Boo, Simi and Ronke are navigating life in their mid-thirties in London. Ronke, a dentist, is hoping that her latest boyfriend, Kayode, will be her Mr. Right. Simi is pursuing a high-flying career in fashion and struggling with the decision about having kids with her husband, Martin. And Boo is growing dissatsified with her domestic life as wife and mother and growing increasingly attracted to her boss.

An old Facebook photo is what pulls the enigmatic and disgustingly wealthy Isobel into their lives. Isobel grew up in Nigeria with Simi, but they had been out of touch for decades. Seeing a photo on Facebook from a mutual friend’s wedding, Isobel reaches out to Simi to reignite their friendship. Something is off about Isobel from the start – she’s profligate with her wealth, driven around by a driver-cum-bodyguard, and lavishly bestows gifts upon the trio. It’s hardly suprising, then, that she turns out to be a sinister character. Upon her arrival, everyone’s life starts to go pear-shaped.

What I liked: Nigerian culture is infused into the story, particularly through the authentic dishes (Ronke’s favourite restaurant in London is like ‘stepping into downtown Lagos’), and other cultural customs like the aso ebi worn for special occasions – where everyone on one side of the family gets their outfits made from the same fabric. There’s also a sharp contrast between the way that Simi and Ronke connect with Nigerian culture, having spent most of their childhood there, and the disconnect that Boo feels, having been raised by her white British mother in England. We also get an insight into the way these characters experience colourism and racism within their everyday lives – like when patients come into Ronke’s dental practice and assume her (Hispanic, male) dental nurse is the dentist, or when Kayode prevents a white guy from assaulting Ronke and the police turn up to arrest him. These details enriched a narrative that otherwise fell rather flat.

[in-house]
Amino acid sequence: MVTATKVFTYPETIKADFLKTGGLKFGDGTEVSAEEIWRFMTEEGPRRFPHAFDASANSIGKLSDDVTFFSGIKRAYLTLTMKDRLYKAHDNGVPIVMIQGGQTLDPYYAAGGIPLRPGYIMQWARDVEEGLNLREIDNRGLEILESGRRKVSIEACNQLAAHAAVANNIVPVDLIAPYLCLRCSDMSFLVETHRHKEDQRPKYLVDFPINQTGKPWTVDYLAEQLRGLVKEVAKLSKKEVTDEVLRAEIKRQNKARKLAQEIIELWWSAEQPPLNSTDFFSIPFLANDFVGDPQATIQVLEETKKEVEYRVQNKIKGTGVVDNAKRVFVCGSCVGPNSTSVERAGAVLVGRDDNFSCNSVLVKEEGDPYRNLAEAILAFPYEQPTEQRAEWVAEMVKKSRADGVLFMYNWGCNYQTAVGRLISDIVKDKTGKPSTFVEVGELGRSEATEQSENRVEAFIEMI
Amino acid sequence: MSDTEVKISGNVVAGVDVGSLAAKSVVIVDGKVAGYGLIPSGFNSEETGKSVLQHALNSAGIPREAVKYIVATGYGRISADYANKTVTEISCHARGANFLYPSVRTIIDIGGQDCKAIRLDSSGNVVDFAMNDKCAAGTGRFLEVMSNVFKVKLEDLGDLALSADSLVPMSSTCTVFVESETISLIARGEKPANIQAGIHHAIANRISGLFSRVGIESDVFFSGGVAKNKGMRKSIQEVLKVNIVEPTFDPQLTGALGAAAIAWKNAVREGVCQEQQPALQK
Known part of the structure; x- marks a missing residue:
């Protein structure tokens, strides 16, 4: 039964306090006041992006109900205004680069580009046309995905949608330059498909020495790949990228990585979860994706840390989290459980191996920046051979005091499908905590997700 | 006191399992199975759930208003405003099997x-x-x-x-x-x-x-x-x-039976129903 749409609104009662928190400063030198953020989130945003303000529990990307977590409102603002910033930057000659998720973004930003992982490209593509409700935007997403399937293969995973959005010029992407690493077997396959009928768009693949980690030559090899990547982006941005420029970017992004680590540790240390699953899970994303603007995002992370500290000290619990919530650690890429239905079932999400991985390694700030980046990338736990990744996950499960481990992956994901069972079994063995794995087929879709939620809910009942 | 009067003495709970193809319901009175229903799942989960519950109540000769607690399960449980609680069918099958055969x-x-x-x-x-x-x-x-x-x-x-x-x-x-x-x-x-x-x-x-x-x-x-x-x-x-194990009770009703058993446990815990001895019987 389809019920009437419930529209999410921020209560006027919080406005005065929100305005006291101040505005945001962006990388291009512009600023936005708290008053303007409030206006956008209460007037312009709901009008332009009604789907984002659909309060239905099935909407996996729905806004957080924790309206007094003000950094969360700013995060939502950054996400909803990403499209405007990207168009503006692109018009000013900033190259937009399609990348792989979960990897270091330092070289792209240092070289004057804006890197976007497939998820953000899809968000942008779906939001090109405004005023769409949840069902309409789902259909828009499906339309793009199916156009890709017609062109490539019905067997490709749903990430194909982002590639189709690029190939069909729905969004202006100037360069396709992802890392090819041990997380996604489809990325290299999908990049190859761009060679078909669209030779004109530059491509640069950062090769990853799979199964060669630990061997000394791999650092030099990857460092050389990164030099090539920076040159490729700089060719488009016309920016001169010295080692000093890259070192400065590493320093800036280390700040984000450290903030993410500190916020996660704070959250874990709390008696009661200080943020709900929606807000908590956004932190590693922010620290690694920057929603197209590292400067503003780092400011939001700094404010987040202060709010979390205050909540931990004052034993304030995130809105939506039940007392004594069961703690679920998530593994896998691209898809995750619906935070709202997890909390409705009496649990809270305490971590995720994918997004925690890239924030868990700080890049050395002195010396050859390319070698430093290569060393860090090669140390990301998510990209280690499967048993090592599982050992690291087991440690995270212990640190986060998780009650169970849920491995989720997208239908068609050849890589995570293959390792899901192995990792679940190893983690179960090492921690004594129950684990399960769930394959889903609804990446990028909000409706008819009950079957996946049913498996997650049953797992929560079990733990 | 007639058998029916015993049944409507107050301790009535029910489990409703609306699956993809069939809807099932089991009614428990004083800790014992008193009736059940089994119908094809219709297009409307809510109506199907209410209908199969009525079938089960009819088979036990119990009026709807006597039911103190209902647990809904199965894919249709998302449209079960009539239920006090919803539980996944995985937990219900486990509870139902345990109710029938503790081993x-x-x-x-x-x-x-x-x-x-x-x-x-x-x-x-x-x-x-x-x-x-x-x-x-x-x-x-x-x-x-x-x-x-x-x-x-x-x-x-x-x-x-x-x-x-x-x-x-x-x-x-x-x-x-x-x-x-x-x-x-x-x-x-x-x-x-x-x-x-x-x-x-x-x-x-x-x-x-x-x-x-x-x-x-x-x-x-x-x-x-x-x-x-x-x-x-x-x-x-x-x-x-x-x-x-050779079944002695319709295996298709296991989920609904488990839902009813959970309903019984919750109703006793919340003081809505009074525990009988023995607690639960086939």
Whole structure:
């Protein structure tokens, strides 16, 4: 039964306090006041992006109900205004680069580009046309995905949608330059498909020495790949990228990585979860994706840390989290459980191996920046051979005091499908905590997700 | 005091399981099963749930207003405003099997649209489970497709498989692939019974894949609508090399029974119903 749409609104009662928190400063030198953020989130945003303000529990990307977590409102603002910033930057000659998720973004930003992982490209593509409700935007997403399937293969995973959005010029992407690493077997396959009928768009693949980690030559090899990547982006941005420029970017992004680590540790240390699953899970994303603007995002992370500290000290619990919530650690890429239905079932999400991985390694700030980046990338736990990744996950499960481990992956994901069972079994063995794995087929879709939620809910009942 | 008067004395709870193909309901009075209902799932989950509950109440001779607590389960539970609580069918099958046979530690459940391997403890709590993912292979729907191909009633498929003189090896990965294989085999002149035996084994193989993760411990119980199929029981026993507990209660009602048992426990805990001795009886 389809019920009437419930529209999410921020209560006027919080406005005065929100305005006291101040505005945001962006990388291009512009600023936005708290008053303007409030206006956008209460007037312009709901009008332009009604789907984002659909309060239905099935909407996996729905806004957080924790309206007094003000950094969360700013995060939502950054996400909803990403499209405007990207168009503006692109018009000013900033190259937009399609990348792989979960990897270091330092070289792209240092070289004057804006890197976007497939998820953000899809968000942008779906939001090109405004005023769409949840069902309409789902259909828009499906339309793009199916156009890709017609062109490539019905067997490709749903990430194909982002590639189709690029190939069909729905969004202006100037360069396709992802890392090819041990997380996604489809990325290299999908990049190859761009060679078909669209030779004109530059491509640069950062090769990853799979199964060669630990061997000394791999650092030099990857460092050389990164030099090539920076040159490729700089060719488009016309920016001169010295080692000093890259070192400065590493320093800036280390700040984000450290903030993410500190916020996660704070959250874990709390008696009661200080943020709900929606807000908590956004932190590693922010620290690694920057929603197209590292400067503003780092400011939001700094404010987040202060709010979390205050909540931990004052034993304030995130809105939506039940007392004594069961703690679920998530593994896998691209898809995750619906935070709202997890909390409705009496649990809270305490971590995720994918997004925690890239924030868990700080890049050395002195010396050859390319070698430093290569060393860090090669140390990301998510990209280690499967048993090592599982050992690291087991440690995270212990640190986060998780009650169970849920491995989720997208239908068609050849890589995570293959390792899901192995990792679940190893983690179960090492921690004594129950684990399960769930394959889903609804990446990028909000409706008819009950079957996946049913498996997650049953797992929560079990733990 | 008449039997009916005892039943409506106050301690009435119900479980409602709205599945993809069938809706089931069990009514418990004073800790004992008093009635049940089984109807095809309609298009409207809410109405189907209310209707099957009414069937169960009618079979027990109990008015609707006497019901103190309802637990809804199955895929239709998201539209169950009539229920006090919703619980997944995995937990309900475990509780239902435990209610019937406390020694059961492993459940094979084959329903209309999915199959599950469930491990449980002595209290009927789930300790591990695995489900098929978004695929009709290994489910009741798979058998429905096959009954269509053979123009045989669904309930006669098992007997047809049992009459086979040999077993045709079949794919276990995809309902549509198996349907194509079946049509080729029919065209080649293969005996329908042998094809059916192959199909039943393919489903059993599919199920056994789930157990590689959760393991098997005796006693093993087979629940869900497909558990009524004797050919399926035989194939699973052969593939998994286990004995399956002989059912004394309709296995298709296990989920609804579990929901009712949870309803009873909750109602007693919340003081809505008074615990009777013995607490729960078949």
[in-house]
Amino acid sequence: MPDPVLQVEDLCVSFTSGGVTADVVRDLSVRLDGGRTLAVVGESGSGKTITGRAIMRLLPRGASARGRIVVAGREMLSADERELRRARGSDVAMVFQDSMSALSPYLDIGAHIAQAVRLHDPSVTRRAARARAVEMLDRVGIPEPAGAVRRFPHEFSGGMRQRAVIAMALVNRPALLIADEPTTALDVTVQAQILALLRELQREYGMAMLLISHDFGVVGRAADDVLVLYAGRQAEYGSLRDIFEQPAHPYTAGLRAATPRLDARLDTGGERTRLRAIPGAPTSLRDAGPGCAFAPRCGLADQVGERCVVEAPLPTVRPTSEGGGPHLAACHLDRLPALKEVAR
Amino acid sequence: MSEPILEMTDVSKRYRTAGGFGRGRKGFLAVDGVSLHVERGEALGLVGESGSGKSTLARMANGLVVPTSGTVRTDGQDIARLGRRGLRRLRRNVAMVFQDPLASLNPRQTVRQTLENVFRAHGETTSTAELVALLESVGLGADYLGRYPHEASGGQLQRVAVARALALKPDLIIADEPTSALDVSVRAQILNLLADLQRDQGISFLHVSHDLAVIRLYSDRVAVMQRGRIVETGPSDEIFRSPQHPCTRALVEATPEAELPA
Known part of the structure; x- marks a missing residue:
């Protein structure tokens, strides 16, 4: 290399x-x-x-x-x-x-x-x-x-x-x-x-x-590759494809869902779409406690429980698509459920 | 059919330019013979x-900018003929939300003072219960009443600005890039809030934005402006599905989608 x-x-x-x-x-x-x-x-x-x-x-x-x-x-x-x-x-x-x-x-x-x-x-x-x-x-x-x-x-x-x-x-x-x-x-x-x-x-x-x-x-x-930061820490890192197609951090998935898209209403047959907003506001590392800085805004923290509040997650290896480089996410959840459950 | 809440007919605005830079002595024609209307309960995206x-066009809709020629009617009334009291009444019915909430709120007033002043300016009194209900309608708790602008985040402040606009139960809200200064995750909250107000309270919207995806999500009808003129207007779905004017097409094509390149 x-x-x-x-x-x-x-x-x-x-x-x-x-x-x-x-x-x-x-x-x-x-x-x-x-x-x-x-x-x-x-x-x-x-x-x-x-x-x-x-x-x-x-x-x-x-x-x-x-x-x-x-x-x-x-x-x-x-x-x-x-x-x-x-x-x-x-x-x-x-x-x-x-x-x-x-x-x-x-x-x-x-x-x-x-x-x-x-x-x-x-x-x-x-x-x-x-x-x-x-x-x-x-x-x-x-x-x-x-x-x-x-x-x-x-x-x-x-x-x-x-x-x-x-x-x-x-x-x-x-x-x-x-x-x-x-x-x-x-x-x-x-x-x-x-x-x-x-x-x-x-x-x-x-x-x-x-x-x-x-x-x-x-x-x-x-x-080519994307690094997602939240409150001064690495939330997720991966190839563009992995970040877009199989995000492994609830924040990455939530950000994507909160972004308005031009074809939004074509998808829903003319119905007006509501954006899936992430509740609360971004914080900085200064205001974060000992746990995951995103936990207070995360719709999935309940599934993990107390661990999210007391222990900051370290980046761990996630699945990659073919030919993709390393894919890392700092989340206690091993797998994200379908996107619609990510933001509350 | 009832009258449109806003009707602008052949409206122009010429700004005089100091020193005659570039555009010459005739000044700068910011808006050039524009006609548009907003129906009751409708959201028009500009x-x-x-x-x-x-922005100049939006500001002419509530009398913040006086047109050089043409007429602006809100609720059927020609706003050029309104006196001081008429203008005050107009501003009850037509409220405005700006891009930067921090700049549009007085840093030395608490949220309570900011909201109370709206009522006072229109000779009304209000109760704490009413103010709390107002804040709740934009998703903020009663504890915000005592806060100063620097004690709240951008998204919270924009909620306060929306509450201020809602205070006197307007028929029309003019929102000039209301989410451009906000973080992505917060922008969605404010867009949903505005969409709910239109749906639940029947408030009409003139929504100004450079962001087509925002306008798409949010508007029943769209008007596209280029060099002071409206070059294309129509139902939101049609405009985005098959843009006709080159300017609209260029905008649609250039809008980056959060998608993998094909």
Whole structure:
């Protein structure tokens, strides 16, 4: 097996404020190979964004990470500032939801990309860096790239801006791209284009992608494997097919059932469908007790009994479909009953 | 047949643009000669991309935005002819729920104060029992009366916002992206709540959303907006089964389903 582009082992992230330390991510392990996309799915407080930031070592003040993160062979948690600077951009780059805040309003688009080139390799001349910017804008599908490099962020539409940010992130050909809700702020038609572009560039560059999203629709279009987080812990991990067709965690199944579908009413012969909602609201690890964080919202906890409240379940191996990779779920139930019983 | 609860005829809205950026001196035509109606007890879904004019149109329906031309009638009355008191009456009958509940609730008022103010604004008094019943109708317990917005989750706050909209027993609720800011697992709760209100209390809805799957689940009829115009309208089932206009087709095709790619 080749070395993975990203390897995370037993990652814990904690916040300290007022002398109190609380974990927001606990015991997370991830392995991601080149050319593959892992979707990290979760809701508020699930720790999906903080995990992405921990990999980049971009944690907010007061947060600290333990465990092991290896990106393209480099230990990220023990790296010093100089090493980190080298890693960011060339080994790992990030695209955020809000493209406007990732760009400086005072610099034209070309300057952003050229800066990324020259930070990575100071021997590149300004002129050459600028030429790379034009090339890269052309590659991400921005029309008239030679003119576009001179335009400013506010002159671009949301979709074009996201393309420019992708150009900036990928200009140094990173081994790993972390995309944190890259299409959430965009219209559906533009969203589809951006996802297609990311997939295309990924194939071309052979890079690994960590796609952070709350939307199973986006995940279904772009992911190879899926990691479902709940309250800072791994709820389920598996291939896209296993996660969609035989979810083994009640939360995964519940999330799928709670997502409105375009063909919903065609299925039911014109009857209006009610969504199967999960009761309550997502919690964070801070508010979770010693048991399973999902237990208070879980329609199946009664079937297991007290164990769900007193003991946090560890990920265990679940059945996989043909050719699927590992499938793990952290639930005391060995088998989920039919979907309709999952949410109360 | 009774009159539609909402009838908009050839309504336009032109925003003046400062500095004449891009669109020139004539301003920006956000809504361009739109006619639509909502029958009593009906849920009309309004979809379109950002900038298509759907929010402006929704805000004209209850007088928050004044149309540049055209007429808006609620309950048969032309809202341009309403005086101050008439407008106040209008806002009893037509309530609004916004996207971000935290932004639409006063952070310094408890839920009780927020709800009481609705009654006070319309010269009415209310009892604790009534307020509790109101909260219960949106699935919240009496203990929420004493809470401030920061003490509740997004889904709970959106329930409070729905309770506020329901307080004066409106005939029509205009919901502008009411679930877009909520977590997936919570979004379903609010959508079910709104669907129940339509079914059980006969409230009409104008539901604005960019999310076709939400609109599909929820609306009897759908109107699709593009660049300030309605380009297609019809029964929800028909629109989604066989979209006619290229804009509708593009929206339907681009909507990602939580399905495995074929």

The problem lies in the fact that we know everything has to come to a head – Isobel’s arrival portends this – but it takes a really long time to get there. As such, most of the novel is a slow slide into things going wrong and the characters becoming increasingly unlikeable and frustrating. The ‘thriller’ aspect doesn’t rear its head until the last 20% of the book, and it all becomes a bit cartoonish and wrapped up too quickly. It didn’t really work for me, but I’m sure it will have a lot of fans – and I hear it’s being made into a TV series, so I’ll be interested to see how they approach that.

With thanks to Doubleday for the advanced copy. Wahala will be published on January 6th 2022.